That seem'd almost stern, so intense was its chill
Lofty stillness, like sunlight on some lonely hill
Which is colder and stiller than sunlight elsewhere.

Grass grew in the court-yard; the chambers were bare
In that ancient mansion; when first the stern tread
Of its owner awaken'd their echoes long dead:
Bringing with him this infant (the child of a brother),
Whom, dying, the hands of a desolate mother
Had placed on his bosom. 'Twas said - right or wrong -
That, in the lone mansion, left tenantless long,
To which, as a stranger, its lord now return'd,
In years yet recall'd, through loud midnights had burn'd
The light of wild orgies. Be that false or true,
Slow and sad was the footstep which now wander'd through
Those desolate chambers; and calm and severe
Was the life of their inmate.
Men now saw appear
Every morn at the mass that firm sorrowful face,
Which seem'd to lock up in a cold iron case
Tears harden'd to crystal. Yet harsh if he were,
His severity seem'd to be trebly severe
In the rule of his own rigid life, which, at least,
Was benignant to others. The poor parish priest,
Who lived on his largess, his piety praised.
The peasant was fed, and the chapel was raised,
And the cottage was built, by his liberal hand.
Yet he seem'd in the midst of his good deeds to stand
A lone, and unloved, and unlovable man.
There appear'd some inscrutable flaw in the plan
Of his life, that love fail'd to pass over.
That child
Alone did not fear him, nor shrink from him; smiled
To his frown, and dispell'd it.
The sweet sportive elf
Seem'd the type of some joy lost, and miss'd, in himself.
Ever welcome he suffer'd her glad face to glide
In on hours when to others his door was denied:
And many a time with a mute moody look
He would watch her at prattle and play, like a brook
Whose babble disturbs not the quietest spot,
But soothes us because we need answer it not.

But few years had pass'd o'er that childhood before
A change came among them. A letter, which bore
Sudden consequence with it, one morning was placed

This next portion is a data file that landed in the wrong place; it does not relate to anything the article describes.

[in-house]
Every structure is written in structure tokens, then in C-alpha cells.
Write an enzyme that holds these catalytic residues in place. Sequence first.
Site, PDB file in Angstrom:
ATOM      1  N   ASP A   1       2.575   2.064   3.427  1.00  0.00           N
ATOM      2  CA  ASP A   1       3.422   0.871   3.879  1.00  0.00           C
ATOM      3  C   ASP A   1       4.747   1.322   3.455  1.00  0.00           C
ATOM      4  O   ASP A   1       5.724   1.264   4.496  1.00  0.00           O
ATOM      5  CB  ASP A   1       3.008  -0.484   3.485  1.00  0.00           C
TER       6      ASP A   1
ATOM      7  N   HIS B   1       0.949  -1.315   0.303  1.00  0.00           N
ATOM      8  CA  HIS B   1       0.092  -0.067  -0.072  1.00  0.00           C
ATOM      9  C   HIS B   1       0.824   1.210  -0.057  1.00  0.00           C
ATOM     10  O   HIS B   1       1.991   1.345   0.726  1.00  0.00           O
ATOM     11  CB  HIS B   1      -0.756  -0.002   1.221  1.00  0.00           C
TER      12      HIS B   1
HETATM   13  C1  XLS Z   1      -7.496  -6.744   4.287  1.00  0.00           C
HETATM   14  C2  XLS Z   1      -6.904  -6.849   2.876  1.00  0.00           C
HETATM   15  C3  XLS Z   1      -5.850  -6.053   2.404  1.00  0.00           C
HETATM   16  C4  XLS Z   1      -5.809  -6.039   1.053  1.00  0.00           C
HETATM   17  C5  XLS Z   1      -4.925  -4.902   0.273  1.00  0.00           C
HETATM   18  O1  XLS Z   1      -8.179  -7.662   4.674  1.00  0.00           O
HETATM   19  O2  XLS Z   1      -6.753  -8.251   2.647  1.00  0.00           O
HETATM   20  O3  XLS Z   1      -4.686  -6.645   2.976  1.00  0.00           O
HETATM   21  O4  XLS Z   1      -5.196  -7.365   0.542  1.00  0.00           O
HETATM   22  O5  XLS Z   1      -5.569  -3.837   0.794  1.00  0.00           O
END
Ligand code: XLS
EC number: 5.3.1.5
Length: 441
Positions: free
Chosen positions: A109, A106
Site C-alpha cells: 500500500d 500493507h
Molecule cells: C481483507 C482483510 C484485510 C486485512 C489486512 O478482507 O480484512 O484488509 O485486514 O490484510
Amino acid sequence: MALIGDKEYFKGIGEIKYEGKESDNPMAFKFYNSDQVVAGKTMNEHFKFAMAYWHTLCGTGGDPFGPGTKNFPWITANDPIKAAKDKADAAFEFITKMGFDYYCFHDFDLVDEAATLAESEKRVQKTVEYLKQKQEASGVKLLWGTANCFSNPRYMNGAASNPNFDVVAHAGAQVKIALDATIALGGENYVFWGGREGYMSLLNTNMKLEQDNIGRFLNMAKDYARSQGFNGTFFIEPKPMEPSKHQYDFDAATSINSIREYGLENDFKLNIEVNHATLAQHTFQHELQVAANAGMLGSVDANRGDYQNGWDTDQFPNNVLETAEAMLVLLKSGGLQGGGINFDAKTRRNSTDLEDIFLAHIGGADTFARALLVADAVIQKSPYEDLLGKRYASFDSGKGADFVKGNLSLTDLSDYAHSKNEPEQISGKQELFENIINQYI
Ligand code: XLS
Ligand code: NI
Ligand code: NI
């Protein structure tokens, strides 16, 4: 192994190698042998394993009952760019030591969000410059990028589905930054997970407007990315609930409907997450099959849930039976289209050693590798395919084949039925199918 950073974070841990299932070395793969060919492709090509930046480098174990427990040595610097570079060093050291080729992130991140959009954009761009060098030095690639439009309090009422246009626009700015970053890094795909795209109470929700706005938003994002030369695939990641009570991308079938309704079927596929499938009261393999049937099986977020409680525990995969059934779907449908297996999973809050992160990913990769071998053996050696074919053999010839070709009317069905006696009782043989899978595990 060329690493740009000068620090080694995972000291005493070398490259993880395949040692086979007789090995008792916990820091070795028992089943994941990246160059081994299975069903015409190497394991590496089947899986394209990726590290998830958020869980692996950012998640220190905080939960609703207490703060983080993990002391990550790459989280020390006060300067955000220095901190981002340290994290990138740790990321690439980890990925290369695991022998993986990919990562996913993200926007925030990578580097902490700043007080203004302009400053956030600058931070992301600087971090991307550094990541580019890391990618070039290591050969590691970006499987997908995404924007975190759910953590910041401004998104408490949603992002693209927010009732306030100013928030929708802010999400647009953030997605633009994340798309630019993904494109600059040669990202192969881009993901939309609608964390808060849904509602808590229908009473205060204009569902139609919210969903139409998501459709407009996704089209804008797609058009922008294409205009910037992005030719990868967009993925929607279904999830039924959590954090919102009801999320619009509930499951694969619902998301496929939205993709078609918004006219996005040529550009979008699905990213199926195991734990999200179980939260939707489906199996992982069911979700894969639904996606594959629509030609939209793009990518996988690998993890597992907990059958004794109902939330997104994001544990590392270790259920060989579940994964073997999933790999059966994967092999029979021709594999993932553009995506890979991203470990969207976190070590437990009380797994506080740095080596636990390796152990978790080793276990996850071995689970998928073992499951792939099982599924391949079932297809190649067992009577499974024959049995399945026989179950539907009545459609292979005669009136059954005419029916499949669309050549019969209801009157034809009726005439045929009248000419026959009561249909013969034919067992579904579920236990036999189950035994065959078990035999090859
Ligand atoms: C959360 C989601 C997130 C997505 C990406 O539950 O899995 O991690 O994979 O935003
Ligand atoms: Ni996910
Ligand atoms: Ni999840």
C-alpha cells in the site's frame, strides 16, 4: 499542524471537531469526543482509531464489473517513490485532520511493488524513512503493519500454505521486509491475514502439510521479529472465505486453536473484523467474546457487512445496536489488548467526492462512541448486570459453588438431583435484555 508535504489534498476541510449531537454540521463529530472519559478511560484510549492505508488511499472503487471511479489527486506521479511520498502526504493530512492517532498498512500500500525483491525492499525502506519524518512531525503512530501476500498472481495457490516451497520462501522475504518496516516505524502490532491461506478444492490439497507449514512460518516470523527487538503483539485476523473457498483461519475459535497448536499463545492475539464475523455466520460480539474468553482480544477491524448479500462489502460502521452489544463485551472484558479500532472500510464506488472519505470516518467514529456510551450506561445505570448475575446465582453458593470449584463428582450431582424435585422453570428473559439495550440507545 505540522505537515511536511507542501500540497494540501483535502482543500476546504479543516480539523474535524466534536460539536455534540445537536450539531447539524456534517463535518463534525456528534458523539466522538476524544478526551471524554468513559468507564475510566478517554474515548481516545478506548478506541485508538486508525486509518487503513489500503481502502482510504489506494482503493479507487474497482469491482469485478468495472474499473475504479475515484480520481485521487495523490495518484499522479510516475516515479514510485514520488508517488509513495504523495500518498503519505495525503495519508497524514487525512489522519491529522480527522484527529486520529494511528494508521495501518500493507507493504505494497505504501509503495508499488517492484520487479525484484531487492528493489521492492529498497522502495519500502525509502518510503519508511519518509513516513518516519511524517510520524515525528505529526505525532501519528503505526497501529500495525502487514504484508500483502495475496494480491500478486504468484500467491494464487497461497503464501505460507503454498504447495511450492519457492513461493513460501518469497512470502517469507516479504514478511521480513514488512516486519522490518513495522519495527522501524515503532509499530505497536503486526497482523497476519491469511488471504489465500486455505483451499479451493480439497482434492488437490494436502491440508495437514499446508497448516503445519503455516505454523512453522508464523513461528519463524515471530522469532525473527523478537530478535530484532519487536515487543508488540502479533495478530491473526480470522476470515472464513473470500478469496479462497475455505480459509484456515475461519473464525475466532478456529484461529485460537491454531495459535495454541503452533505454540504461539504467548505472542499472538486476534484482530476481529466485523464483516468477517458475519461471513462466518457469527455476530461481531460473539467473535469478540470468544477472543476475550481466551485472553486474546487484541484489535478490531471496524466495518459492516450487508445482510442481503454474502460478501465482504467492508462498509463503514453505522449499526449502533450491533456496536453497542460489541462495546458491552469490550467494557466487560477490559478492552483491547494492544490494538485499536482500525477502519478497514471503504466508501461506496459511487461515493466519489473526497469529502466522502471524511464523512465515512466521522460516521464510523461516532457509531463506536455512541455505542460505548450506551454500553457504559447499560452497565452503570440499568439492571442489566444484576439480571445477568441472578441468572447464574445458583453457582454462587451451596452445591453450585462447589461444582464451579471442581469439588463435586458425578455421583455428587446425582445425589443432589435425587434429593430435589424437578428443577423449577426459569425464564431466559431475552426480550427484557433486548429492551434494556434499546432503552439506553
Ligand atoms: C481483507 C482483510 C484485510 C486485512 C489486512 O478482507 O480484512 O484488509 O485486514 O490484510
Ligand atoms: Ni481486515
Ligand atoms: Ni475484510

In the hands of the lord of the chateau. He paced
To and fro in his chamber a whole night alone
After reading that letter. At dawn he was gone.
Weeks pass'd. When he came back again he return'd
With a tall ancient dame, from whose lips the child learn'd
That they were of the same race and name. With a face
Sad and anxious, to this wither'd stock of the race
He confided the orphan, and left them alone
In the old lonely house.
In a few days 'twas known,
To the angry surprise of half Paris, that one
Of the chiefs of that party which, still clinging on
To the banner that bears the white lilies of France,
Will fight 'neath no other, nor yet for the chance
Of restoring their own, had renounced the watchword
And the creed of his youth in unsheathing his sword,
For a Fatherland father'd no more (such is fate!)
By legitimate parents.
And meanwhile, elate
And in no wise disturbed by what Paris might say,
The new soldier thus wrote to a friend far away: -
"To the life of inaction farewell! After all,
Creeds the oldest may crumble, and dynasties fall,
But the sole grand Legitimacy will endure,
In whatever makes death noble, life strong and pure.
Freedom! action!... the desert to breathe in - the lance
Of the Arab to follow! I go! vive la France!"

Few and rare were the meetings henceforth, as years fled,
'Twixt the child and the soldier. The two women led
Lone lives in the lone house. Meanwhile the child grew
Into girlhood; and, like a sunbeam, sliding through
Her green quiet years, changed by gentle degrees
To the loveliest vision of youth a youth sees
In his loveliest fancies: as pure as a pearl,
And as perfect: a noble and innocent girl,
With eighteen sweet summers dissolved in the light
Of her lovely and lovable eyes, soft and bright!
Then her guardian wrote to the dame,... "Let Constance
Go with you to Paris. I trust that in France
I may be ere the close of the year. I confide
My life's treasure to you. Let her see, at your side,
The world which we live in."
To Paris then came
Constance to abide with that old stately dame
In that old stately Faubourg.
The young Englishman